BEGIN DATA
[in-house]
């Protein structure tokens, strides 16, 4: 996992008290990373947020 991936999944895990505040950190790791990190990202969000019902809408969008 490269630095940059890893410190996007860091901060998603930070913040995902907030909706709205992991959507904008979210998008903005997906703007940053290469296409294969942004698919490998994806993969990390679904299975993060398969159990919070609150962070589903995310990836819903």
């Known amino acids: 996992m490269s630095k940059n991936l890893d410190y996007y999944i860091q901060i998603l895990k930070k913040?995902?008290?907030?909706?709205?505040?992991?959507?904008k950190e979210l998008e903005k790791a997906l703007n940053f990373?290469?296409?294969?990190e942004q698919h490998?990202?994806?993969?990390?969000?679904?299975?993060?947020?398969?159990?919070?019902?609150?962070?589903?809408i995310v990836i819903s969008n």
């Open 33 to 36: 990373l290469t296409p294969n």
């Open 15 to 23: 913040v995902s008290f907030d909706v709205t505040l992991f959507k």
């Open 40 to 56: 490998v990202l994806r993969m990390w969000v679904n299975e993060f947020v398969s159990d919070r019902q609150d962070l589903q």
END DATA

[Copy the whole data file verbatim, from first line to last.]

[in-house]
């Protein structure tokens, strides 16, 4: 996992008290990373947020 991936999944895990505040950190790791990190990202969000019902809408969008 490269630095940059890893410190996007860091901060998603930070913040995902907030909706709205992991959507904008979210998008903005997906703007940053290469296409294969942004698919490998994806993969990390679904299975993060398969159990919070609150962070589903995310990836819903």
């Known amino acids: 996992m490269s630095k940059n991936l890893d410190y996007y999944i860091q901060i998603l895990k930070k913040?995902?008290?907030?909706?709205?505040?992991?959507?904008k950190e979210l998008e903005k790791a997906l703007n940053f990373?290469?296409?294969?990190e942004q698919h490998?990202?994806?993969?990390?969000?679904?299975?993060?947020?398969?159990?919070?019902?609150?962070?589903?809408i995310v990836i819903s969008n």
């Open 33 to 36: 990373l290469t296409p294969n």
């Open 15 to 23: 913040v995902s008290f907030d909706v709205t505040l992991f959507k």
């Open 40 to 56: 490998v990202l994806r993969m990390w969000v679904n299975e993060f947020v398969s159990d919070r019902q609150d962070l589903q």